The Challenge: Bringing Data Analytics Out of its Silo
We now have amazing technology that can bring data together, in real-time or right-time, to understand what customers want, and predict what they will likely want in the near future. However, the challenge is that these capabilities are still being stuck into new kinds of silos.
“A robust, successful data and analytics function encompasses more than a stack of technologies, or a few people isolated on one floor of the building,” Carl Carande, Paul Lipinski and Traci Gusher, all with KPMG, observed in a Harvard Business Review article.
Data and analytics, they urge, “should be the pulse of the organization, incorporated into all key decisions across sales, marketing, supply chain, customer experience, and other core functions.”
Still, there doesn’t seem to be as much progress as hoped in this regard. In a survey of 448 executives, only two percent of executives say their data analytics investments have achieved a “broad, positive impact.” Obviously, there seems to be a lot of work ahead of us, and much of it will involve working even more closely with the business to identify and guide data analytics investments.
The survey, published by the Economist Intelligence Unit in partnership with marketing firm ZS, points to a fact that is holding back the progression of analytics: there is still a long way to go in learning the how to effectively capitalize on data analytics. The challenge, as expressed by the EIU and ZS team, is that data analytics – as a function and as a system – remain contained within their own silos, very infrequently touching the mainstream pieces of the business. Executives in the survey report an inability to embed data analytics more deeply into their businesses. “The biggest challenges in the analytics value chain are those at the front and back ends – areas where senior analytics executives interact most with the rest of the business.” In addition, 47% cite challenges with solution design and change management, which also point to difficulties in introducing data-driven thinking into their organizations.
“Some organizations have data and analytics capabilities spread across functions, or rely on a few data scientists to provide insights,” Carande and his co-authors observe. “Some are too reliant on technology tool kits and rigid architectures, and not enough on creating the right environment to effectively leverage people with the right expertise to drive data and analytics projects forward. These sorts of models usually are not capable of achieving truly transformative data and analytics.”
Bringing data analytics out of its silo and into the mainstream business requires a number of measures:
Understand the business
In the EIU-ZS survey, 73% of executives agree that domain expertise – or understanding the business and the environment in which it operates – is critical to data analytics initiatives. Those charged with delivering successful data analytics need to “first acquire a good understanding of the core businesses of their company, its value chain and strategy,” the study’s authors state. “From there, they can truly become more involved in data-related issues, ensuring that the right data management, structures and capabilities are in place to enable proper data capture and experimentation.”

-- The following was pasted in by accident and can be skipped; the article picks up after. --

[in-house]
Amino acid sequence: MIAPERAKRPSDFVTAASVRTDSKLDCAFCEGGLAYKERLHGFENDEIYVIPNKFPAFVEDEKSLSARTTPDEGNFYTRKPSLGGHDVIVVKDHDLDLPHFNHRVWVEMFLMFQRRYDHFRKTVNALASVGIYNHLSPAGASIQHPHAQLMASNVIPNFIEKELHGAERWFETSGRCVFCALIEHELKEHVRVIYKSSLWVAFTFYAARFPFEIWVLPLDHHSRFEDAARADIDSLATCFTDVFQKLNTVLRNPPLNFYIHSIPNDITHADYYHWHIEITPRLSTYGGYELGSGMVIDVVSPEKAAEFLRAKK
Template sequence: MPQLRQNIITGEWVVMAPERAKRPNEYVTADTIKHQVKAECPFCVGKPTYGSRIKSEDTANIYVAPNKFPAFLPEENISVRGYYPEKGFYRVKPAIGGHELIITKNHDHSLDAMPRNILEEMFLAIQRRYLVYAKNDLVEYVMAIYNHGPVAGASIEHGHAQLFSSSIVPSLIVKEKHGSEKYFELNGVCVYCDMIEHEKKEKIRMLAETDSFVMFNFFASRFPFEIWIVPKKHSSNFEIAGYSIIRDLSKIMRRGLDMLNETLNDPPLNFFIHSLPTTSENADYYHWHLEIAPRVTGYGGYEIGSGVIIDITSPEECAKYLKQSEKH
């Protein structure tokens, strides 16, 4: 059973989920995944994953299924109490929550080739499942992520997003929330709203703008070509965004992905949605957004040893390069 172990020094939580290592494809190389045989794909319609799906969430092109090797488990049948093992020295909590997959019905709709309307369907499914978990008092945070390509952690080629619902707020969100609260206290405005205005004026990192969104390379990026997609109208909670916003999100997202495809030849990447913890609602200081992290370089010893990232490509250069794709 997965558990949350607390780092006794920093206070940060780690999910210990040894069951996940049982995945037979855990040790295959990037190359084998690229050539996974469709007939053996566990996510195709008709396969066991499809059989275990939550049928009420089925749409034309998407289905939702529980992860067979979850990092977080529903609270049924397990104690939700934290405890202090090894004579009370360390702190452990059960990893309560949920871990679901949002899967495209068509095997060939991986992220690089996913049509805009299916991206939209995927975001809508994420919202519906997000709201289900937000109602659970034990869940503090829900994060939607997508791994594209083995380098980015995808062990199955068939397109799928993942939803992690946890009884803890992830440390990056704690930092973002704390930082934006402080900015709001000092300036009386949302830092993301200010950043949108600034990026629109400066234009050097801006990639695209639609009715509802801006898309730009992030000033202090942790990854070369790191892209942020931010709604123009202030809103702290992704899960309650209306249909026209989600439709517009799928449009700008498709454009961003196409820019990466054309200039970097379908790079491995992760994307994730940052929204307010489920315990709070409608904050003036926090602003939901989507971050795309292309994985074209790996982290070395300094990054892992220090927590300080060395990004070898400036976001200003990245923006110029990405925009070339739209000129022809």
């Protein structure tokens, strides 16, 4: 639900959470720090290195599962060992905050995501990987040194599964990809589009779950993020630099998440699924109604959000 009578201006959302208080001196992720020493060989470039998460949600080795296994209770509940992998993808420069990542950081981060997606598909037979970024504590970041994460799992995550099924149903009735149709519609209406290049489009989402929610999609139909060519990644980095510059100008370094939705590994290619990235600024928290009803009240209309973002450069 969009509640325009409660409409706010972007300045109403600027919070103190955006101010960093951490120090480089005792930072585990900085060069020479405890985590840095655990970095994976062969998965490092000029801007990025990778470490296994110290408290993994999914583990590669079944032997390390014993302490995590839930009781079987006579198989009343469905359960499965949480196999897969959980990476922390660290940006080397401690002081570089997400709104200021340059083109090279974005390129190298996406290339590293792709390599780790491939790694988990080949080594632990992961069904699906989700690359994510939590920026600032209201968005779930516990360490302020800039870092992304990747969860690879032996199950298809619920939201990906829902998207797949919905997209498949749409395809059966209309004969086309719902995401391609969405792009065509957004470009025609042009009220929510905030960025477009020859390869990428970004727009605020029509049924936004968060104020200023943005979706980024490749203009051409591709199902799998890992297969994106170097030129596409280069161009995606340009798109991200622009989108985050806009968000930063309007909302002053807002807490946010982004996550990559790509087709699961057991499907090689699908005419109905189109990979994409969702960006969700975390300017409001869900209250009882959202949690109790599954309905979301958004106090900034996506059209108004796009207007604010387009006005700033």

Encourage greater interaction between data and line-of-business teams
Today’s technology is very effective at potentially breaking down silos and generating insightful data analytics. However, the organization must be ready and aligned to achieve this. What this boils down to is a continued lack of interaction between data professionals and the rest of the business. In some cases, all it may take is to encourage more interaction between these parts of the business, even informally. I recall one chief data officer I recently spoke with described how he sponsored informal weekend getaways between data analysts and line of business employees.
Make data analytics a strategic priority
“Start by developing a strategy across the entire enterprise that includes a clear understanding of what you hope to accomplish and how success will be measured,” Carande and his co-authors advise. “Successful data and analytics starts at the top. Make sure leadership teams are fully immersed in defining and setting expectations across the entire organization.”
Keep data analytics teams front and center
“It’s important to understand that data and analytics teams are not data warehouses that perform back-office functions,” say Carande and his coauthors. “Your data and analytics function should be a key contributor to the development and execution of the business strategy by supplying insights into key areas, such as employees and customers, unmet market opportunities, emerging trends in the external environment, and more.”
Focus on data integration and aggregation
The EIU-ZS survey also found cloud is the dominant route taken to support data analytics. Nine in 10 respondents report they have implemented a big data-based infrastructure or are planning to do so. The catch is that only eight percent have integrated this cloud platform with their analytics systems. Data integration and aggregation is another challenge that needs to be addressed more thoroughly. In the survey, only 44% rated their organizations as adept at bringing data to the places it is needed. Even the “leading” companies were only marginally better, with 51% reporting successful data aggregation and integration.